But while I’ve never heard anyone shriek in delight to learn that New Year’s Eve would be coinciding with Hump Day this year, there is one post-Tuesday/pre-Thursday event that seems to slip by annually with little negative kickback: Ash Wednesday.

I’m not going to get into a whole history of Ash Wednesday here because 1. It’s late. and 2. (please stop reading here if you happen to be my Godmother) This lapsed Episcopalian’s recollection of Ash Wednesday’s origination is a little fuzzy.

What I do know, however, is that it kickstarts the happy-go-lucky season of Lent, a 40-day observance of prayer and penitence for some and the commencement of Cadbury Creme Egg season for others. (I’ll let you guess which camp I fall into.)

My childhood Lents were always marked by some form of self-denial – usually the renunciation of dessert after my mother shot down my lame yearly renunciation of homework – but this year, I’ve opted to observe the season proactively instead. Rather than forgoing red wine or cursing like many of you more disciplined people out there, I’m going to maintain mindfulness by upping my strength training routine over the next 40 days.

I’m still in the final days of Fab Ab February (there’s totally a six-pack hiding behind that Thai food I ate for lunch), but once Leap Day concludes, I’ve created a new supplemental schedule to last me through Easter. Unlike the Fab Ab February calendar that I stole from the internet, I made this bad boy myself in Microsoft Paint. (People tell me there are now other digital art programs besides Microsoft Paint, but I’m not sure who to ask about them. Maybe an editor at a daily newspaper?)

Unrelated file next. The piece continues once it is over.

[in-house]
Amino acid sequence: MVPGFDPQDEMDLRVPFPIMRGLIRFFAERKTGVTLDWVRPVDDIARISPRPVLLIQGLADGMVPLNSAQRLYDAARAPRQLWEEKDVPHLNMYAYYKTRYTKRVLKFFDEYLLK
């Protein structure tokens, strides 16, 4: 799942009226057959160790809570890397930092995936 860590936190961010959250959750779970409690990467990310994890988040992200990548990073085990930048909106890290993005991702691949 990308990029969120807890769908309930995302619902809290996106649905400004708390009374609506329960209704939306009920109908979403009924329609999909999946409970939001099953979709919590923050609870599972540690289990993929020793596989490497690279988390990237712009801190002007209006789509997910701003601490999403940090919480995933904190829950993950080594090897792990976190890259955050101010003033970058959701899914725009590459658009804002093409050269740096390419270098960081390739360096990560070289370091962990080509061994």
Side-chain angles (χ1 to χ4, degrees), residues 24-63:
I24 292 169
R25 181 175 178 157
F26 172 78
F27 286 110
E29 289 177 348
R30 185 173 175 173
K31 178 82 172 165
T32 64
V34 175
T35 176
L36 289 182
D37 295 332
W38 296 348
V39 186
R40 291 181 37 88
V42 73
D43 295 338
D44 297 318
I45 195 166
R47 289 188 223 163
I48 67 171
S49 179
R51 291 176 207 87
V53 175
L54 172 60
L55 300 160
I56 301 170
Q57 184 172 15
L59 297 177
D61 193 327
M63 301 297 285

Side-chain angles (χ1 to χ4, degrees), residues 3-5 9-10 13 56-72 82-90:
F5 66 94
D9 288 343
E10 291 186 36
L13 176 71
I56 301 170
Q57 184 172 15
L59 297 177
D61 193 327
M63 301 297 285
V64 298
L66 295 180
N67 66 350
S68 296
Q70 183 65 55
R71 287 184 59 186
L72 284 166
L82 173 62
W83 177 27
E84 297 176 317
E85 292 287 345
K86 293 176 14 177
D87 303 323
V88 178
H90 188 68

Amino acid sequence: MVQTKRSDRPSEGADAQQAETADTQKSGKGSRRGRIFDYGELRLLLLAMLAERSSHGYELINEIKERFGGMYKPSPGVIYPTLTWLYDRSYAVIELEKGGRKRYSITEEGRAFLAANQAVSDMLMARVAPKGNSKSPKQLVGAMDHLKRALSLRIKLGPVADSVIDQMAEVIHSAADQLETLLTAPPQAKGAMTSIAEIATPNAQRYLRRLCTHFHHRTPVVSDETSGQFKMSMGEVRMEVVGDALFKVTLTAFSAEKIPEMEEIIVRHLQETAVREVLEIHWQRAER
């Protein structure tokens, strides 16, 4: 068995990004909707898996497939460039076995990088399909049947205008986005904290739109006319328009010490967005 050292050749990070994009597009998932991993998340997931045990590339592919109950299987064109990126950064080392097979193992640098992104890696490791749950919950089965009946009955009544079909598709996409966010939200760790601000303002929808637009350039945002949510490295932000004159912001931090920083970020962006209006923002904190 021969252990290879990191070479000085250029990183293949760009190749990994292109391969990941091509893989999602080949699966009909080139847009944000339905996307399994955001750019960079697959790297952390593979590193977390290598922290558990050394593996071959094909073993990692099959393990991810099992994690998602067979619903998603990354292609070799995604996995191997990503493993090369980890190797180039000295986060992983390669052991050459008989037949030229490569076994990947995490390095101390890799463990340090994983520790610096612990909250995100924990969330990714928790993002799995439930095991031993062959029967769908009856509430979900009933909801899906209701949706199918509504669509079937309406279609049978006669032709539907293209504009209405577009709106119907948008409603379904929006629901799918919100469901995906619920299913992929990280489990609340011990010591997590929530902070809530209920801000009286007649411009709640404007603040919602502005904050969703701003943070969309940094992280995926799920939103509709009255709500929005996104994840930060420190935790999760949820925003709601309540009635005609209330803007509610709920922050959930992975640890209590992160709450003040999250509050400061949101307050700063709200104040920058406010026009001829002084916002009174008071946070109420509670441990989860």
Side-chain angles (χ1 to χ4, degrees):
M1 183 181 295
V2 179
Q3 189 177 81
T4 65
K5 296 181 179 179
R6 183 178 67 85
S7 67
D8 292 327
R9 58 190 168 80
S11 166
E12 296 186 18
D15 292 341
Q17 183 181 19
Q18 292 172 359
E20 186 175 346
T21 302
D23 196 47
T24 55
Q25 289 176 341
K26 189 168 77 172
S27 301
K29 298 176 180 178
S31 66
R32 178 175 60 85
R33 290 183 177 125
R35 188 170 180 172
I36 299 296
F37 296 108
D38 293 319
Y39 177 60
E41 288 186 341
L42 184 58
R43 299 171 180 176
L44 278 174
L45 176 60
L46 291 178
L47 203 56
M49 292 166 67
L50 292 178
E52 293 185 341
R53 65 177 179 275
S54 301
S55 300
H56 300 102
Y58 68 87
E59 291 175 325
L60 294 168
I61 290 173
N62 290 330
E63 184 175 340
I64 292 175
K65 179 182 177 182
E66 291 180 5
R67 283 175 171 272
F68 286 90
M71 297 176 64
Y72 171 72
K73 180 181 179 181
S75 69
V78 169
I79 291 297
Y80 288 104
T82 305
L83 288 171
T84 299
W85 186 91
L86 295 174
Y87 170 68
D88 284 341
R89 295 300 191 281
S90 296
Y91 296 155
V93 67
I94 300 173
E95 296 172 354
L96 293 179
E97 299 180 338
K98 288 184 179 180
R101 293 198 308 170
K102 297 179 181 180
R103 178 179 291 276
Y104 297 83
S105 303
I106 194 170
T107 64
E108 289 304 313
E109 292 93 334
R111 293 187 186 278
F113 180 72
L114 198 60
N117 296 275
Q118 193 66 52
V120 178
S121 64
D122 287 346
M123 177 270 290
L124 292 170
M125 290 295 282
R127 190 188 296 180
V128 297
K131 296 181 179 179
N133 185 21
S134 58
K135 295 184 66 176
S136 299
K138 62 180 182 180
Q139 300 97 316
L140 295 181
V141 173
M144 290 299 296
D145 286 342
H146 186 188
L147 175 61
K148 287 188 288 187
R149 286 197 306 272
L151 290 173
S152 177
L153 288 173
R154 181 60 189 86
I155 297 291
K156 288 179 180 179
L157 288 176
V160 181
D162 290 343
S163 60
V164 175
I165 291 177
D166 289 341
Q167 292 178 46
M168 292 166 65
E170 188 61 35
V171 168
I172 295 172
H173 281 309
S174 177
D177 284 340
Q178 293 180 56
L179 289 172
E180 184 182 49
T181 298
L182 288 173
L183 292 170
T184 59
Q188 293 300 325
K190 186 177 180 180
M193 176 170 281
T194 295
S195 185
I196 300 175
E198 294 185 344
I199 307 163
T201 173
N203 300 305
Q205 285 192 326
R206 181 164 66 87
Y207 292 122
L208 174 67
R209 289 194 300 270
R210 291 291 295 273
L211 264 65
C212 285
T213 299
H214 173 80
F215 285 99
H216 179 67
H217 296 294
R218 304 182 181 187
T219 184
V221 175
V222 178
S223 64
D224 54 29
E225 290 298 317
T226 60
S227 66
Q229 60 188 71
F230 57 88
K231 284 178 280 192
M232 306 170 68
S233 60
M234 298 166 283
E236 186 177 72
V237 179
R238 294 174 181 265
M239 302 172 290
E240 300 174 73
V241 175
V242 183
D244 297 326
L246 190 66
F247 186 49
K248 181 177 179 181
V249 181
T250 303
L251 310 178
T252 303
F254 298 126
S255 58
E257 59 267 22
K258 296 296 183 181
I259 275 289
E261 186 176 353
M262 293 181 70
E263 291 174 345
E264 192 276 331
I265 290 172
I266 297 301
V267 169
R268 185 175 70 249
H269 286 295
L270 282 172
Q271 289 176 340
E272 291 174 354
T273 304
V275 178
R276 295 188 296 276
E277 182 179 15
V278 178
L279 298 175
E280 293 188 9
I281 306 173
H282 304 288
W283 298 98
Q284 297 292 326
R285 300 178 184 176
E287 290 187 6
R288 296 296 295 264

It’s so artistically crafted that I expect it will go viral.

What’s your Lenten resolution? (If it involves giving up cursing or wine, I’ll talk to you post-Resurrection.)

Running Weight Loss

How I Became a Runner

This afternoon, I got my first blog post topic request from an old college friend. It read a little something like this:

blog post idea: could you write about how you first started running? like what distance and times were you doing (if you know the times). did you chart your performance or did you just run as much as you could? did you do anything other than running, like complementary weight training (also, do you do that now?)? I ask because you are my hero and I want to be you and I will probably buy you a dozen puppies before our long run this weekend.

(That last sentence might not have been part of the original text. But I can’t be sure.)

OK, anonymous blog fan whose twitter handle is @adamkommel. I’ll tell you about my formative first days as a runner. First, let’s set the stage. I know this is going to be a hard time period and backdrop to visualize, but tap into your deepest creative stores and try to imagine:

The year was 2011 and the city was New York.